Perhaps she doesn’t know either, but doubt, confusion, incredulity are not enough. What is God’s motive? Does he have a convincing rationale? Do the angels never question? Perhaps asking questions of ourselves is enough?
Do not forget that these are poems about paintings, not a philosophical or theological debate.



‘Even on impossible journeys, we are not alone.’

– David Rothenberg, Sudden Music

The angels are leaving, taking a boat across the water, perhaps to find a country where people still believe.

One has already lost his wings, because they said he was an impossible idea, a religious metaphor for messages from heaven.

Neither angels nor heaven exist, of course. Watch the empty boat drift away from shore.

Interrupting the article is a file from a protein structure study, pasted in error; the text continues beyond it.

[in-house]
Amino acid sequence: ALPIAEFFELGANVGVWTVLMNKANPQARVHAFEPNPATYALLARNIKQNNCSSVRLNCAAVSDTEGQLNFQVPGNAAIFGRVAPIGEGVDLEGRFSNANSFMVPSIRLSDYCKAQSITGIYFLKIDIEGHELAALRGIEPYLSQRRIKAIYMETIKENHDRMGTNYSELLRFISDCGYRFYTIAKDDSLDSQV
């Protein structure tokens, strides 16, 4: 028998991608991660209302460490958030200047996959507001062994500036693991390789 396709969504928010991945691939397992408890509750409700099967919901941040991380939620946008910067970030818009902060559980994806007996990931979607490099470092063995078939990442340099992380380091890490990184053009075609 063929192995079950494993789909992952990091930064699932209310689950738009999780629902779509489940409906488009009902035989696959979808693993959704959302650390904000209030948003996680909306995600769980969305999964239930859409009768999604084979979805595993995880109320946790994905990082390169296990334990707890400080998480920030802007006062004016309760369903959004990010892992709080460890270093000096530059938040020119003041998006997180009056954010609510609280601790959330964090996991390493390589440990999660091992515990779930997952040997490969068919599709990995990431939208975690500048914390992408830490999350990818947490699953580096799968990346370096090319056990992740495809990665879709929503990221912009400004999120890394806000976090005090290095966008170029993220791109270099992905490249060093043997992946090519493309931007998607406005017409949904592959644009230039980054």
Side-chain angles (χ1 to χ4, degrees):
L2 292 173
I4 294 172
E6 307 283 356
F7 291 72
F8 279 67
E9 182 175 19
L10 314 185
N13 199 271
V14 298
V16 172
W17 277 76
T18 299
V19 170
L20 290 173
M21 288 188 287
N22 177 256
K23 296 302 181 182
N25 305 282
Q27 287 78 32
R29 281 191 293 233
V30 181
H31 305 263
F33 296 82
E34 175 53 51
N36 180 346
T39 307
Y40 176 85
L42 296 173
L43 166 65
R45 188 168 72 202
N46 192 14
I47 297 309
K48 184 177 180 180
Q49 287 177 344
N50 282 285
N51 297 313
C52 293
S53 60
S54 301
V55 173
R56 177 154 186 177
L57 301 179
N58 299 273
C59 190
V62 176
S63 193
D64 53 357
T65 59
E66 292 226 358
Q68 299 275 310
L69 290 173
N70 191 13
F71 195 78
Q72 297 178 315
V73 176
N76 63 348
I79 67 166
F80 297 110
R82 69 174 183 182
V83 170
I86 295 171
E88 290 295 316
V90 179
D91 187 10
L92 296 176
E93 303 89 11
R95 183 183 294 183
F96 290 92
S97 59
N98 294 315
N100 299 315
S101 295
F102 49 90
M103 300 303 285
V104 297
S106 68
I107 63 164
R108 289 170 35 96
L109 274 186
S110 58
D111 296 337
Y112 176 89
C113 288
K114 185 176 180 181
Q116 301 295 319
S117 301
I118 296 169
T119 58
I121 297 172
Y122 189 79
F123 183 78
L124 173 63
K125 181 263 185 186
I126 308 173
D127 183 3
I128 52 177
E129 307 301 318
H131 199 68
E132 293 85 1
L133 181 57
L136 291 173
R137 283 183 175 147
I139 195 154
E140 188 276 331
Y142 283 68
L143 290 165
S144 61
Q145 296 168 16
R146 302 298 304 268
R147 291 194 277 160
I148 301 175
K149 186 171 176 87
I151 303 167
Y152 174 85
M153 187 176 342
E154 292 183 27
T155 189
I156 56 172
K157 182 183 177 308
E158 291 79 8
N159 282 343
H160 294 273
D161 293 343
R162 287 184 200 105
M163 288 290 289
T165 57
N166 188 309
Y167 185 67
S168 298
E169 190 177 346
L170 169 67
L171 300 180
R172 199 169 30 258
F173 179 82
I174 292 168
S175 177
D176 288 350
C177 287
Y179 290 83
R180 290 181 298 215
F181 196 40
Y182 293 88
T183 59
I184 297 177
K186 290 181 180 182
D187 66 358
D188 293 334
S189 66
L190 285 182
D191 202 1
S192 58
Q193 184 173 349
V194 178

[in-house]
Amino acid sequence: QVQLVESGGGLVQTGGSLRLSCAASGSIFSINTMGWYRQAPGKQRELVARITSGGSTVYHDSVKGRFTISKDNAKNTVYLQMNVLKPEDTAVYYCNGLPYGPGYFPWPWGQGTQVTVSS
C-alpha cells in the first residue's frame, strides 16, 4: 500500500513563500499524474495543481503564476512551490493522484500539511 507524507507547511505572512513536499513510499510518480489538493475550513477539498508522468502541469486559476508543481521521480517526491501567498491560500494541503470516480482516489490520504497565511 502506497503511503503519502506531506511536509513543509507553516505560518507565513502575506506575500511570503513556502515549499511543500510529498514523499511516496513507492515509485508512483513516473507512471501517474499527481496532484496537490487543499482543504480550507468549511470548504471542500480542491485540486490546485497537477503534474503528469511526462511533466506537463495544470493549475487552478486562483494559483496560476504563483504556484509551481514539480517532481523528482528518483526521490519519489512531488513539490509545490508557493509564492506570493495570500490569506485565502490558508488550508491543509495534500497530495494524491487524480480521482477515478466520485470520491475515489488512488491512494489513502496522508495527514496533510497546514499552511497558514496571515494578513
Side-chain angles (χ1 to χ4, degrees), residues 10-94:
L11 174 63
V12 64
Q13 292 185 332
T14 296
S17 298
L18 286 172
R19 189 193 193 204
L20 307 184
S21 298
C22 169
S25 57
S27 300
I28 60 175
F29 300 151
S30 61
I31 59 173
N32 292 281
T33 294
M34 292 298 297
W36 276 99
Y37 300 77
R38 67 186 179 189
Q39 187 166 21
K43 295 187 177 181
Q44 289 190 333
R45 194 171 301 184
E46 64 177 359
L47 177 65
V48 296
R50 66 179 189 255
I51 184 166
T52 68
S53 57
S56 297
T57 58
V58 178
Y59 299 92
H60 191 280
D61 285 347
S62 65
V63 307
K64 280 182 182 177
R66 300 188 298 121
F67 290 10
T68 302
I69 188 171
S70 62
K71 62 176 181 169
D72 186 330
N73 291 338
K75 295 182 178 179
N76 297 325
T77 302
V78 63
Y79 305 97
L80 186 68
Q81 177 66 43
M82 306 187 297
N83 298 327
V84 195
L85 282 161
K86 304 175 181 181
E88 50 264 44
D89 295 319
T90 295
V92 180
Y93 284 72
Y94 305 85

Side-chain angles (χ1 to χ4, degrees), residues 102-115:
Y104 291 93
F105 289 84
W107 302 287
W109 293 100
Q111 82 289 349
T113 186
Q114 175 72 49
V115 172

© Rupert M Loydell 2018


Rupert Loydell is a writer, editor and abstract artist. His many books of poetry include Dear Mary (Shearsman, 2017) and The Return of the Man Who Has Everything (Shearsman 2015); and he has edited anthologies such as Yesterday’s Music Today (co-edited with Mike Ferguson, Knives Forks and Spoons Press 2014), and Troubles Swapped for Something Fresh: manifestos and unmanifestos (Salt, 2010).

Grail Ride – a poem by Caroline Shaw

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Caroline Shaw began her career as a journalist, later changing to a naturopathic health practitioner. The spiritual and the search for absolute truths have always underpinned her life’s journey. She also has a deep love of words, which she expresses in short stories and poetry. She is part of the thriving Stroud Poets community and is mother to a grown-up daughter.